Propose restrictions that would prohibit foreign commercial enterprises and people who are not Canadian citizens or permanent residents from acquiring non- recreational, residential property in Canada for a period of two years.
Refugees and people who have been authorized to come to Canada under emergency travel while fleeing international crises would be exempted. International students on the path to permanent residency would also be exempt in certain circumstances, as would individuals on work permits who are residing in Canada.
My Take: It’s too late for this. Way, way, way too late.
Making Property Flippers Pay Their Fair Share
New rules to ensure profits from flipping properties are taxed fully and fairly. Specifically, any person who sells a property they have held for less than 12 months would be considered to be flipping properties and would be subject to full taxation on their profits as business income
My Take: I cringe when I hear the words “pay their fair share.” It reminds me of Jagmeet Singh referring to high-income individuals not paying their “fair share” despite a 53% marginal tax rate at the top level. If this new rule is intended to have an effect, then it has to be longer than 12 months. The way permitting and supply chain issues drag on and on, it’s tough to move a property inside 12 months if one is actually doing a renovation.
Taxing Assignment Sales
Make all assignment sales of newly constructed or substantially renovated residential housing taxable for GST/HST purposes, effective May 7, 2022.
My Take: No kidding! Why was this not already in place? I believe there are billions of dollars of lost tax revenue, notably through capital gains, on assignments in the last twenty years. Especially with respect to the foreign buyers who put down a 5-10% deposit on a condo then flip the paper in 12-36 months.
Alright here goes.
I’m going to say this, but please, please don’t gloat…
I have no issue, overall, with this budget as it pertains to the housing market. In fact, I’m presently surprised by the content.
Don’t get me wrong, it’s far, far from perfect, and I have many issues. But I read the whole package twice and overall, I expected worse. I expected more nonsense – like giving people $500 for no reason, and I expected more handouts, more freebies, and more legislation that would have unintended consequences.
But overall, I think this gets a pass.
Dammit. I can’t believe I said that.
Look, if we’re at a point where the budget gets a pass because it’s not loaded with nonsense, then there’s a larger problem at hand here! But many among you don’t believe in the same “problem” as I do, notably that there’s no such thing as free.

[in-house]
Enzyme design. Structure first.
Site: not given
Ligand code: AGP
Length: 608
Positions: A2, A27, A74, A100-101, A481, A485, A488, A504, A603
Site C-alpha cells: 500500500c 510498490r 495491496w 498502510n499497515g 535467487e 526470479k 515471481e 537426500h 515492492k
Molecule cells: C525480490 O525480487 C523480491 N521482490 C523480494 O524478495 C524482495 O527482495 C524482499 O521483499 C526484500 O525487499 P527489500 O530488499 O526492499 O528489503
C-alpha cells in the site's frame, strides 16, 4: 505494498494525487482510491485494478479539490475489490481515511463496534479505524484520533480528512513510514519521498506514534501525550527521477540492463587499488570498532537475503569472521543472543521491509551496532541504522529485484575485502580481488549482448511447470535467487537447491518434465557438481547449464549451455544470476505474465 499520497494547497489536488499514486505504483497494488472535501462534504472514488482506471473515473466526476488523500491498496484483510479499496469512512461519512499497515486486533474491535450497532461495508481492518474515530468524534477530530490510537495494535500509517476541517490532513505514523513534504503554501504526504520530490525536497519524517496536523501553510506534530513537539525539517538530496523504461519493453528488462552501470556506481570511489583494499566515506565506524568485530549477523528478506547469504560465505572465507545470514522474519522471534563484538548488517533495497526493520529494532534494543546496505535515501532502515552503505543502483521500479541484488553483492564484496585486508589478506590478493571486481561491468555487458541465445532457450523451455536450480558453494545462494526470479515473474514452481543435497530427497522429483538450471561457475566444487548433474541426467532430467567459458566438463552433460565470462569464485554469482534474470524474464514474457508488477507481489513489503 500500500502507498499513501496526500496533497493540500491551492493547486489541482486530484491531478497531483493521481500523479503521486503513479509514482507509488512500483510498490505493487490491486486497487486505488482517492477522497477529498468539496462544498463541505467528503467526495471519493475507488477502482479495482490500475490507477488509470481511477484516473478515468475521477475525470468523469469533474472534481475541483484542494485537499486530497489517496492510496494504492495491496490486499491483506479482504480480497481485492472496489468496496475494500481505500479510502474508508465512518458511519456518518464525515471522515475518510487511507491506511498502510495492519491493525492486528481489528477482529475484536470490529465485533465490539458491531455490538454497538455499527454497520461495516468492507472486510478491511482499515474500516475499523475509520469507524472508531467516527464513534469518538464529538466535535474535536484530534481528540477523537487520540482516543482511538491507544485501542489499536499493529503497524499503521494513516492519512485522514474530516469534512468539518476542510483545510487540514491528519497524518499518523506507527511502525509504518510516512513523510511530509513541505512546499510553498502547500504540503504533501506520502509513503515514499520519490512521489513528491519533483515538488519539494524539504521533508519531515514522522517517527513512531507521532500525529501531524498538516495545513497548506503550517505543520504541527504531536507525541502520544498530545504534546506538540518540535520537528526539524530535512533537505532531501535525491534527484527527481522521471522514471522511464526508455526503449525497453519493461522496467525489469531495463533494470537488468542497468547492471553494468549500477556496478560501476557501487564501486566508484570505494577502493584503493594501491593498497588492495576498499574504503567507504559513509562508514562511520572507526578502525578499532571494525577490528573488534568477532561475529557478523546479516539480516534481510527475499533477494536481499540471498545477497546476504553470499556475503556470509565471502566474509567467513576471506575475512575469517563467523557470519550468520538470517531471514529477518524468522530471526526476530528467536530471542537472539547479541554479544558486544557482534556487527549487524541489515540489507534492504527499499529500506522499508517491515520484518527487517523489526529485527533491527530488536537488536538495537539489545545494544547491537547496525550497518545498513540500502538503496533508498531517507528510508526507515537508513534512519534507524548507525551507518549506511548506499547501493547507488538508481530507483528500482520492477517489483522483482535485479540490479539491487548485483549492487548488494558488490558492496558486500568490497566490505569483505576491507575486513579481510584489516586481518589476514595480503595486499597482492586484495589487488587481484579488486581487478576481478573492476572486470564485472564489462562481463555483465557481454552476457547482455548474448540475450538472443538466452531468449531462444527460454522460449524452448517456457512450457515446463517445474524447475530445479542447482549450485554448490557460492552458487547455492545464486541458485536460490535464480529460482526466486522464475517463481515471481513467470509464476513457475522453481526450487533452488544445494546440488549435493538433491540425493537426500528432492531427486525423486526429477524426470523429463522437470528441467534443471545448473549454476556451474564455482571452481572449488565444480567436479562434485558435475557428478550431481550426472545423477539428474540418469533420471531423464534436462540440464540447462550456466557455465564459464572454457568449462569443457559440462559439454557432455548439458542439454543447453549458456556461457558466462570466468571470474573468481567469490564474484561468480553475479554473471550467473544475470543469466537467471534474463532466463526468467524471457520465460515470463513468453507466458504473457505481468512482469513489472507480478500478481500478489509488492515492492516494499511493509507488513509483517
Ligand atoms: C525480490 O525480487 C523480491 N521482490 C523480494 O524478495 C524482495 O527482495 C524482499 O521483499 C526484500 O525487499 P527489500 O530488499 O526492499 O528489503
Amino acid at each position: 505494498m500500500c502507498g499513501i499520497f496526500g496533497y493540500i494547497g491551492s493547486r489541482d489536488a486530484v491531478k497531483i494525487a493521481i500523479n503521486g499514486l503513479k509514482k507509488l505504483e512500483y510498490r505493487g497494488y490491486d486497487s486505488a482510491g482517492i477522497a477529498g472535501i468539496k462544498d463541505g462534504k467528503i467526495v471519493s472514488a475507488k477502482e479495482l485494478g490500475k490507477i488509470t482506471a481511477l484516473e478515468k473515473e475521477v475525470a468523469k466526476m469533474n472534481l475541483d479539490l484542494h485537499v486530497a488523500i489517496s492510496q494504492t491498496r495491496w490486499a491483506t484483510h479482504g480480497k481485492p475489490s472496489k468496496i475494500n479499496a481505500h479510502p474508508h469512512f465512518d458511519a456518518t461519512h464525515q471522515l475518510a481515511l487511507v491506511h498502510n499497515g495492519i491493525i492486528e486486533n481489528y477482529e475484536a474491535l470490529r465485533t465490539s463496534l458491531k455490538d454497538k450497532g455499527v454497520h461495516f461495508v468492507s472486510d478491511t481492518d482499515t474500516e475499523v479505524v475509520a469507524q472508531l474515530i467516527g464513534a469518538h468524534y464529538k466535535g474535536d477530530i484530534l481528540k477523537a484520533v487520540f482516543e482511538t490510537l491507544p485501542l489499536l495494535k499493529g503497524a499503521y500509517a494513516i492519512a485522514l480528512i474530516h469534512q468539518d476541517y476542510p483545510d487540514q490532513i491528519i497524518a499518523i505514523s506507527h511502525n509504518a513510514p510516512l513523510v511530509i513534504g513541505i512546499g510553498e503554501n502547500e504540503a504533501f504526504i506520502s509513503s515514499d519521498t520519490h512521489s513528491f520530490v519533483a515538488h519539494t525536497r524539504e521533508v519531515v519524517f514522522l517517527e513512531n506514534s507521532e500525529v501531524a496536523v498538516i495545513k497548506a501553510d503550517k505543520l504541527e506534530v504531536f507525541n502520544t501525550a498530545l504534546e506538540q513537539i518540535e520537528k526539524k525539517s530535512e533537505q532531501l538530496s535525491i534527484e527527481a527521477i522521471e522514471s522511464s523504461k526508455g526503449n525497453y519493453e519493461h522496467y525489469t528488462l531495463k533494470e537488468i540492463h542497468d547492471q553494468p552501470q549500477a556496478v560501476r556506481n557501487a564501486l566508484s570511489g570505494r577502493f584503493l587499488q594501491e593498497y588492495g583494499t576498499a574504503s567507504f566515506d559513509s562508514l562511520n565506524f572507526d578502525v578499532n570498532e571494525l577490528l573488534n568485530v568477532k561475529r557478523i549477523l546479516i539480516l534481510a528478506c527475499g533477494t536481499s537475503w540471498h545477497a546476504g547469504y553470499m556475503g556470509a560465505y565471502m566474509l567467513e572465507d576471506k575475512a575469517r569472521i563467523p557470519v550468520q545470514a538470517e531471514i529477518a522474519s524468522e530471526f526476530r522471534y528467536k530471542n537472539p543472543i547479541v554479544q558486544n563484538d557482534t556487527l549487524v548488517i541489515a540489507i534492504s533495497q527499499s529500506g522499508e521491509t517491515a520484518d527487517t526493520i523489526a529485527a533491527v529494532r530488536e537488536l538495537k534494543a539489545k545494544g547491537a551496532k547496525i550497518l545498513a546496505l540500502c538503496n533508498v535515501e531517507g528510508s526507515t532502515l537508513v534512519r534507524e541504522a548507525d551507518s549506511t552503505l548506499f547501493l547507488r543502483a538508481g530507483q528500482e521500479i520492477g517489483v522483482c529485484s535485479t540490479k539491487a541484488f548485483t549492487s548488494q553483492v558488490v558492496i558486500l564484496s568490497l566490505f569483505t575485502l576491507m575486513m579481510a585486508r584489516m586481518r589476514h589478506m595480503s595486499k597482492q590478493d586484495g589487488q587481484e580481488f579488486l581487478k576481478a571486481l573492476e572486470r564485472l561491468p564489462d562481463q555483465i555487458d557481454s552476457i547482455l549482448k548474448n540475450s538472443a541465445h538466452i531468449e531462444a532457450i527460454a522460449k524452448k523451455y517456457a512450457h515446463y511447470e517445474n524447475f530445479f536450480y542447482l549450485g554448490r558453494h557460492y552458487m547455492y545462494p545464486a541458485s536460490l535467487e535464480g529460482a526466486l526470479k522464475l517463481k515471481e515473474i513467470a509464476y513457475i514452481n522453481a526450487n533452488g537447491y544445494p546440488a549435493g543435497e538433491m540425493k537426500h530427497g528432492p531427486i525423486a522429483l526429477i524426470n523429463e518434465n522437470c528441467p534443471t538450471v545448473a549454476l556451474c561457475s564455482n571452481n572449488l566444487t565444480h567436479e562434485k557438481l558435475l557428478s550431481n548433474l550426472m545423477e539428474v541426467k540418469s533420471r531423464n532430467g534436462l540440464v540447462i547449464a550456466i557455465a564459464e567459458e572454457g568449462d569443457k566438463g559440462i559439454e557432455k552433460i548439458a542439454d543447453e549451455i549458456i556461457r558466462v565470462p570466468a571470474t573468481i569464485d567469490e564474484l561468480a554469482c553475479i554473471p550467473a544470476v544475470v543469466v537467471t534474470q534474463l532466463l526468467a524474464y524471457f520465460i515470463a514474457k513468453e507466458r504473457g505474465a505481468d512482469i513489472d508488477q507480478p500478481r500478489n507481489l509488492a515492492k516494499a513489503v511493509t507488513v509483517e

“Free” doesn’t exist. Somebody has to pay for it. So if any the government, at any level, in any country, offers a new “free” service, it’s going to be paid for by increasing taxes or creating new ones, or, cutting services and/or expenditures elsewhere.
That’s the problem I have with governments that are not fiscally conservative, but I also don’t like the message that “free” sends to a population that’s looking for reasons to coast.
But do I have issues with the money the government is going to spend with respect to housing?
Four billion dollars for the housing accelerator fund? I’m on board.
Rewarding municipalities for initiative? Great.
Building affordable housing, spending money on homelessness, and helping veterans? Awesome.
What’s not to like in all of this?
And while I’m not against the “help” being provided to first-time buyers, I do cynically wonder what second-time buyers or older millennials, Gen-X’ers, and Boomers must think about this, since they didn’t benefit from the same help. Although, prices didn’t necessitate the help at the time.
I don’t know about the rent-to-own support. I’m not sold.
I don’t know what to think about any green initiatives.
The “Bill of Rights” is excellent in theory but none of their ideas are good ones.
I love the idea to ban foreign investment, but they can’t, since the government doesn’t have the resources to ascertain the source of funds when somebody on the ground here – a citizen or permanent resident, is buying.
Taxing assignment sales is a no-brainer.
All in all, these initiatives get a “pass.” But I don’t know if they’ll actually make housing “more affordable.”
I’m still waiting for the principal residence tax exemption to be overturned, since that will be the biggest source of new tax revenue in the history of the country. But for now, so long as no more crazy ideas hit the forefront, I’m alright with all of this.
Earlier this week, Chrystia Freeland said:
“This is the most ambitious housing plan to tackle supply that the Canadian government has ever put forward.”
We’re grading on a pretty rough curve here, but at face value, she’s not wrong.